Friday, June 1, 2012

Counterparts and English Class

May 23rd, 2012

We have begun our second term for our English class at the refugee camp.  This term we are working with several refugees as counterparts.  A few have attended the training I mentioned earlier and all of them have been informally taught lesson planning and teaching skills.  We are only two weeks in but it is going so well!!  It is really fun working with our counterparts, it takes some of the pressure off us volunteers and having their input is so valuable.  They hear what the students aren’t telling us “teachers.”  They know what the students want, need, and what will and won’t work in our lessons.  It’s just nice to have eight heads working together rather then just three.  So far we have assessed every student and split them into three different groups: literacy (very beginner/learning to write), beginner English, and Intermediate English.  I am teaching the intermediate level with two of our counterparts.  I have about 15 males in my group and we are focusing mainly on conversation as well as advanced vocabulary and sentence structure.  Obviously our first term was chaotic since we didn’t have any experience or guidance as to how to teach English as a foreign language, but this term is surprisingly 100% better.  Its stress free and enjoyable and with our counterparts its sustainable, snaps for sustainability!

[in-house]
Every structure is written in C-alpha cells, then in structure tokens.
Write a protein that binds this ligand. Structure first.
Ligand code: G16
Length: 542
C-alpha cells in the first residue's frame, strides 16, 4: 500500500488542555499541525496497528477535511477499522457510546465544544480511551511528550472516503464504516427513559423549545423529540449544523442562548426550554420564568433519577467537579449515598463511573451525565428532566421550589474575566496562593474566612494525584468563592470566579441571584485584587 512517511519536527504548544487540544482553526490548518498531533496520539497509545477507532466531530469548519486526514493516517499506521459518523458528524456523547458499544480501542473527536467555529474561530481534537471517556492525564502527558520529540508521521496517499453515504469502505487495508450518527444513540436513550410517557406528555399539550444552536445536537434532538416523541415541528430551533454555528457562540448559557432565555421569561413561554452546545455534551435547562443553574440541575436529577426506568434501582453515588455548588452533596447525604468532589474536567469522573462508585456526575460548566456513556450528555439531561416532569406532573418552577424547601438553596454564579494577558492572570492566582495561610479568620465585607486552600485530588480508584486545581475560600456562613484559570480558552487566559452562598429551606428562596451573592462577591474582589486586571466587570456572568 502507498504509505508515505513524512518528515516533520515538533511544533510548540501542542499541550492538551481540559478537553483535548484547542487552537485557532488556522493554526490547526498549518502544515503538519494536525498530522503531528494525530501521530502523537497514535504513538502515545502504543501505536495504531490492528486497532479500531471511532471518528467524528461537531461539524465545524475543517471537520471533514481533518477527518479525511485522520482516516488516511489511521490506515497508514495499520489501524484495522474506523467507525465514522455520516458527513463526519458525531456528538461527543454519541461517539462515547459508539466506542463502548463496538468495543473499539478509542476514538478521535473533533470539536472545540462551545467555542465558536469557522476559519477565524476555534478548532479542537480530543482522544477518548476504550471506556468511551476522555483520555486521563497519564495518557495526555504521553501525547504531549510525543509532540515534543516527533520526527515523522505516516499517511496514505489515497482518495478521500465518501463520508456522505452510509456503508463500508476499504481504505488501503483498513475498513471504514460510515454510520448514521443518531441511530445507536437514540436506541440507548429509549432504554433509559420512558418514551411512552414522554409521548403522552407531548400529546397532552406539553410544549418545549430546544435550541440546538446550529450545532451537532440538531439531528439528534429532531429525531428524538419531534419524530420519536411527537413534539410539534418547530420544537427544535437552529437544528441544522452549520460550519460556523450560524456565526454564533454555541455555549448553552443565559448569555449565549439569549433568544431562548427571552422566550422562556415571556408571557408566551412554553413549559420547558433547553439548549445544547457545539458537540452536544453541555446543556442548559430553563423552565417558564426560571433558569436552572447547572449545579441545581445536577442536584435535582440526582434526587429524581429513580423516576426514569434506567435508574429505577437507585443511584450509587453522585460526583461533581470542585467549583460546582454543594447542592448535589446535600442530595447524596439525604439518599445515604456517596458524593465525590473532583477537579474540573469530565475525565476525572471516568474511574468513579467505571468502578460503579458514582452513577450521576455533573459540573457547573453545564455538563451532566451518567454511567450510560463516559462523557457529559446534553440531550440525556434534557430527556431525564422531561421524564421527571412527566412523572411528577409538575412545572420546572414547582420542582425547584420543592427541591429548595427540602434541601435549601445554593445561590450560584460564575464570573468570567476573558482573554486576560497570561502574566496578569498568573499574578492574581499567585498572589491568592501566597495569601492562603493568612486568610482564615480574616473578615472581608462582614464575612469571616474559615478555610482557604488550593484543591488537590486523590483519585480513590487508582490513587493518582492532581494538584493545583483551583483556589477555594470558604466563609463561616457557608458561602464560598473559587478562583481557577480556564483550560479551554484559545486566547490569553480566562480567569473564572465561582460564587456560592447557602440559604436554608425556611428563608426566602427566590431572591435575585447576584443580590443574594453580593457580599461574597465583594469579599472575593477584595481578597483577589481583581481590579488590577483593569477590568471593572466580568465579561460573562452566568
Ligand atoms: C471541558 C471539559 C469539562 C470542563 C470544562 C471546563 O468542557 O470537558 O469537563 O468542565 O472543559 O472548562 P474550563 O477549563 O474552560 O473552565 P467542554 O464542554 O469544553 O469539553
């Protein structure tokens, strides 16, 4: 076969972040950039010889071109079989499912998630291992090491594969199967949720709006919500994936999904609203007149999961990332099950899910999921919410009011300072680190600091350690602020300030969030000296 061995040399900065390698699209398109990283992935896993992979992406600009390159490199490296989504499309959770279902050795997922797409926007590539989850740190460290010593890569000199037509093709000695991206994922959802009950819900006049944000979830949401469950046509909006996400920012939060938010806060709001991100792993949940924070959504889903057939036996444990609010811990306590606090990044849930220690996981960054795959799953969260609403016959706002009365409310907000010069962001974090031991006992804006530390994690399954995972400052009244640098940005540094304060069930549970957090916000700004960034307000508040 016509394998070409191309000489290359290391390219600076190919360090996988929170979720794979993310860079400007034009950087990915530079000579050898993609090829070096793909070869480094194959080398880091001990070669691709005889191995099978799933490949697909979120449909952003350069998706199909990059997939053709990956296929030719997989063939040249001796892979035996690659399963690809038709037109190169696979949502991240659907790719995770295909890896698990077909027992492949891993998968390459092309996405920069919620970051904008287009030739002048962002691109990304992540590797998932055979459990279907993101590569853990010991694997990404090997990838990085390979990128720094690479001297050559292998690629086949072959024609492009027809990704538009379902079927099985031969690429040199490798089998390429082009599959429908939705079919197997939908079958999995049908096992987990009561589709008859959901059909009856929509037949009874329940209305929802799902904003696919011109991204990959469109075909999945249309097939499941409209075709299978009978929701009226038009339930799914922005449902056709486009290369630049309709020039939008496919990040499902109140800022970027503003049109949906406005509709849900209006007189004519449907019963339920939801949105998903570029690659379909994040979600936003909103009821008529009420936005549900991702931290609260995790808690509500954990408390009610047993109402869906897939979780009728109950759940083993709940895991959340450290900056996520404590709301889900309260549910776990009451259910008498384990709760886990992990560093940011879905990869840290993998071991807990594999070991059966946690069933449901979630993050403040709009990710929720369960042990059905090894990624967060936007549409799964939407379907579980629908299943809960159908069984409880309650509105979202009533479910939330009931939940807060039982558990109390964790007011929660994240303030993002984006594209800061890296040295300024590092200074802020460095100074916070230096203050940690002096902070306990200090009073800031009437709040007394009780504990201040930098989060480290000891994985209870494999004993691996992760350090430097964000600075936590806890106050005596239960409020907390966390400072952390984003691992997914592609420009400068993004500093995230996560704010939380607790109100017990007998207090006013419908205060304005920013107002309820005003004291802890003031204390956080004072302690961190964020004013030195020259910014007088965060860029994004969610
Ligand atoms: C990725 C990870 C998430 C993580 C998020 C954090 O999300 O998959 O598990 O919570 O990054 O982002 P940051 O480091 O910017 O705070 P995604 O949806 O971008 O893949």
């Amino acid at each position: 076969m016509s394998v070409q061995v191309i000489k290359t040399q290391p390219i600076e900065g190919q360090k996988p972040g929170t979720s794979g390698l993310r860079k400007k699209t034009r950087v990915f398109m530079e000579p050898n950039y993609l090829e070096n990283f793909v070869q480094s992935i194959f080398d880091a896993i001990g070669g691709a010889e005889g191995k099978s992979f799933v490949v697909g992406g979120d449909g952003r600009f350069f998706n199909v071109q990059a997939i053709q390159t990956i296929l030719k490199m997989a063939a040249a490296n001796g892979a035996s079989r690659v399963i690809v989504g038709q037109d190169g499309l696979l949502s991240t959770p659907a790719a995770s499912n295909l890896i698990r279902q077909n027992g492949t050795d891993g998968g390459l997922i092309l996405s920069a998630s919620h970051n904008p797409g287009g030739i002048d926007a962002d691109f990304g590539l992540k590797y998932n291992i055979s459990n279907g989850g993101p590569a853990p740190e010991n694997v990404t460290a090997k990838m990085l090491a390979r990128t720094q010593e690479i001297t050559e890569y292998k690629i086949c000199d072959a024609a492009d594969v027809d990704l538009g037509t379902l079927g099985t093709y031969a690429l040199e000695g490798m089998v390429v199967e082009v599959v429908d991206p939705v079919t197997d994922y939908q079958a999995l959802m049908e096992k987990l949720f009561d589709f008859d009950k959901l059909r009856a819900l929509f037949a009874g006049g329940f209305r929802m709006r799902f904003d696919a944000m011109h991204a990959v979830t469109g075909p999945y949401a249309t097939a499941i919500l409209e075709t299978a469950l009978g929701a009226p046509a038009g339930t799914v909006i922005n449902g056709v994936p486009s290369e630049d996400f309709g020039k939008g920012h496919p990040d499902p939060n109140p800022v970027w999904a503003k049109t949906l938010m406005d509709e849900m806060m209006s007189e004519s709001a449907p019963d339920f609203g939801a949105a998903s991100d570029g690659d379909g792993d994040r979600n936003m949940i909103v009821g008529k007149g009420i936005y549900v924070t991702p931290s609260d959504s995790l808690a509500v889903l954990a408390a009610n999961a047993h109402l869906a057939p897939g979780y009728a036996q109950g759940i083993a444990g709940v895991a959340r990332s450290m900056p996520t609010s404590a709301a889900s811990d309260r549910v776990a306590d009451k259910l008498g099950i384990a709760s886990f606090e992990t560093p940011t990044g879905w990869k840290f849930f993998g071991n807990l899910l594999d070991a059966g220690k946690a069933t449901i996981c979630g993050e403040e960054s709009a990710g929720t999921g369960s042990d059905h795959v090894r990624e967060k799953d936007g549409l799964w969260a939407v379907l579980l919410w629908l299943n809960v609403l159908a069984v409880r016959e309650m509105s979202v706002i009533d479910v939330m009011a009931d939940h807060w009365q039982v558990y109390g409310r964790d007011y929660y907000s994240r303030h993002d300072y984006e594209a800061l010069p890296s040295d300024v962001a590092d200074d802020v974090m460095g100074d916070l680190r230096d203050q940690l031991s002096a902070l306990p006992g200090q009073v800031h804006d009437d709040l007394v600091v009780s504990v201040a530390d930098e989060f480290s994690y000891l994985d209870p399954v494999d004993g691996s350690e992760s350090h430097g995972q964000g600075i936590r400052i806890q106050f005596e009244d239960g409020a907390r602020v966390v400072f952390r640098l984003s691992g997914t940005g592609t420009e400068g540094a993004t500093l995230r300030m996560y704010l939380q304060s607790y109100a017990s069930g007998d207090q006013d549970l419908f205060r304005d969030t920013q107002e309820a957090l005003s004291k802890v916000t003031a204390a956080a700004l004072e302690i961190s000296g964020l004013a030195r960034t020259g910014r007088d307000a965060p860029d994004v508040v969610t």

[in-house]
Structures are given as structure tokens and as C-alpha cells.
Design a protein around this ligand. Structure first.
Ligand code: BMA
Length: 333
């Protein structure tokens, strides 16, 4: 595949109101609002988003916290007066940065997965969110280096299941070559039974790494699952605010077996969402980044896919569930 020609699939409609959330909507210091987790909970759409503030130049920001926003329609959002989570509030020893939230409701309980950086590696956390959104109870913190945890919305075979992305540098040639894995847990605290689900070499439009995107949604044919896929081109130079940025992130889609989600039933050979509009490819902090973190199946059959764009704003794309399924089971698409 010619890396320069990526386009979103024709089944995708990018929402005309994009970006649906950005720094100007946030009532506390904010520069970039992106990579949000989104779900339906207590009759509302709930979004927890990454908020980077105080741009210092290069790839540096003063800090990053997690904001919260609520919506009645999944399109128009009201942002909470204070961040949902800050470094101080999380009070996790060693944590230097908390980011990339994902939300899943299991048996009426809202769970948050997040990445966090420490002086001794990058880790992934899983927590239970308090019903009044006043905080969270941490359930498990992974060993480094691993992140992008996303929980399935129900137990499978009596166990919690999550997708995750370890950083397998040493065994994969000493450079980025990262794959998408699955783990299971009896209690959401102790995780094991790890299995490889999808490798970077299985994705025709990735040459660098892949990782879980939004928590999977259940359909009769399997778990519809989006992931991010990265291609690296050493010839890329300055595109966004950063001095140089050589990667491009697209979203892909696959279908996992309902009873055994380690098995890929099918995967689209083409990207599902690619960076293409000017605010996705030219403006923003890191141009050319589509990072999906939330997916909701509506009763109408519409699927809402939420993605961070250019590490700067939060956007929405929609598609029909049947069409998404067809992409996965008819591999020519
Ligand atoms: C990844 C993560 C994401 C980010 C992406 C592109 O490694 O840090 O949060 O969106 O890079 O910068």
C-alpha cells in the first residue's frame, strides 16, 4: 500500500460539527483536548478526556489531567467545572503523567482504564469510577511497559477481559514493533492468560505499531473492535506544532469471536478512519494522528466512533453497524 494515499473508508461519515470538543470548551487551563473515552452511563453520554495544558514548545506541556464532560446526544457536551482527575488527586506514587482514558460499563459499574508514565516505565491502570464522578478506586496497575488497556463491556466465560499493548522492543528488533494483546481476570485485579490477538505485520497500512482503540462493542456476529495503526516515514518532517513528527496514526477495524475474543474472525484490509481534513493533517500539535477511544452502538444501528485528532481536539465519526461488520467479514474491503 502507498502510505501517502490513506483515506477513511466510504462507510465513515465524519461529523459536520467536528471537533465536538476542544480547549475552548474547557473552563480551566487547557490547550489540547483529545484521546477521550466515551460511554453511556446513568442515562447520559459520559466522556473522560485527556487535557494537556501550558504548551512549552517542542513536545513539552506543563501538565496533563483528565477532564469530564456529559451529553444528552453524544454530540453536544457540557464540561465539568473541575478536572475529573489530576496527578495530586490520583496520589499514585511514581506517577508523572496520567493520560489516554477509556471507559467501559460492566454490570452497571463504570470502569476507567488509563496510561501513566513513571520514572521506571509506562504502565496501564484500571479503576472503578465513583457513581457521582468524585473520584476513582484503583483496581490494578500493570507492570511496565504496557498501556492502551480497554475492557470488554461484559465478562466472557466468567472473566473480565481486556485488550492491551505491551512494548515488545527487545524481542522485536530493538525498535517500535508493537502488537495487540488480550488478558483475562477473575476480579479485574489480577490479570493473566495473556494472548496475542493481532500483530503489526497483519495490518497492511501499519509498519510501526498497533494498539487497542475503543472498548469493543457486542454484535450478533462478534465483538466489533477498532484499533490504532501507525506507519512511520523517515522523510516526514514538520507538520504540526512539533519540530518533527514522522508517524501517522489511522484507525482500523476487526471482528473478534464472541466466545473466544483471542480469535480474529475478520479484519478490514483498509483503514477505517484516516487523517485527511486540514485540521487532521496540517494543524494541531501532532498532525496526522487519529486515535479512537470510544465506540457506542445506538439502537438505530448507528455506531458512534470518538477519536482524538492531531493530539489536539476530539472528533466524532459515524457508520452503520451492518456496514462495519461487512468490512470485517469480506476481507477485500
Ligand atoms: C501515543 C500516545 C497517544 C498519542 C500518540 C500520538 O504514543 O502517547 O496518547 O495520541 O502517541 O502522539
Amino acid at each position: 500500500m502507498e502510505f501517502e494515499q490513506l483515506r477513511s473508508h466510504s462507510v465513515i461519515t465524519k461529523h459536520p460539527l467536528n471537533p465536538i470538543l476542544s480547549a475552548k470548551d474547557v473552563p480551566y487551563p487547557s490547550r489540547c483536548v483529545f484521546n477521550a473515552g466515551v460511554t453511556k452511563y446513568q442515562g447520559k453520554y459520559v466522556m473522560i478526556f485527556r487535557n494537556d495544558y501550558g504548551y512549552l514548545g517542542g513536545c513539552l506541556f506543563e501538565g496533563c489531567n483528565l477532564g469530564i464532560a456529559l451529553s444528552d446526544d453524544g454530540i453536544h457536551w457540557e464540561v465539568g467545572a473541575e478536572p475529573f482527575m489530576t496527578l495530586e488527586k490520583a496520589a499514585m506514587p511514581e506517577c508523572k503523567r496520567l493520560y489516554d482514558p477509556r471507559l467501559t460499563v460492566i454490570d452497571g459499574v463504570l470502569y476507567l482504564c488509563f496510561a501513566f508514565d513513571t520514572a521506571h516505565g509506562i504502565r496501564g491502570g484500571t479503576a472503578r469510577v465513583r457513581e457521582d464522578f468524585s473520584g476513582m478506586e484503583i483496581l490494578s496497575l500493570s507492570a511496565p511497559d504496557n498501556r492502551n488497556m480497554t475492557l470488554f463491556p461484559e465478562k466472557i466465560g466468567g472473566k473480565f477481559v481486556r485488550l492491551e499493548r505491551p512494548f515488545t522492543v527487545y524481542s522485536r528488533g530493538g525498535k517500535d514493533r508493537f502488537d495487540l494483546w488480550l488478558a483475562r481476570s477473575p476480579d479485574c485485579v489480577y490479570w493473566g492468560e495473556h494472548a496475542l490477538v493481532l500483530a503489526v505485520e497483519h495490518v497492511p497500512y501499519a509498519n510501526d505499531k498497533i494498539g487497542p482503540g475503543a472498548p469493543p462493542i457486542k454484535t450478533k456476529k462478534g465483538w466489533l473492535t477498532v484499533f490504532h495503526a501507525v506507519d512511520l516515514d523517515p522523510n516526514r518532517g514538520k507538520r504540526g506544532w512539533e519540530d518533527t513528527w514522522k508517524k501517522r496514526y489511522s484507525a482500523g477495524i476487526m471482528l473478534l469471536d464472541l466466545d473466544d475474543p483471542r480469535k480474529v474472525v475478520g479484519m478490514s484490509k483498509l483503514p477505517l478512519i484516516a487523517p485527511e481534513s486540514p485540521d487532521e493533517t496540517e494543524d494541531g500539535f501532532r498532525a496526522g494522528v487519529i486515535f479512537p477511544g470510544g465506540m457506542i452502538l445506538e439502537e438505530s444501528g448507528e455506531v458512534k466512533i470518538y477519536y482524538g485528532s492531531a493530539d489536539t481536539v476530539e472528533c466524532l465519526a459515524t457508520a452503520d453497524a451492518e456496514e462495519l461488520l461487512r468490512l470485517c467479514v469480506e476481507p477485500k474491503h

We have our planning sessions with our counterparts on Mondays and they really are just fun get-togethers.  We meet at someone’s house so its casual and plan and eat snacks and share about our weekends.  This last week we had a birthday party for our counterpart Amnesty.  We had cake and tea and a little celebration.  It’s not custom to celebrate birthdays in many African cultures but as Americans we felt it was necessary and a great way to show our appreciation for all his help.  It’s just so awesome to have such reliable, excited, willing, and creative counterparts.

Mr. Moogee, Amnesty, Ryan, Mudu, Addy at Amnesty's Bday party!

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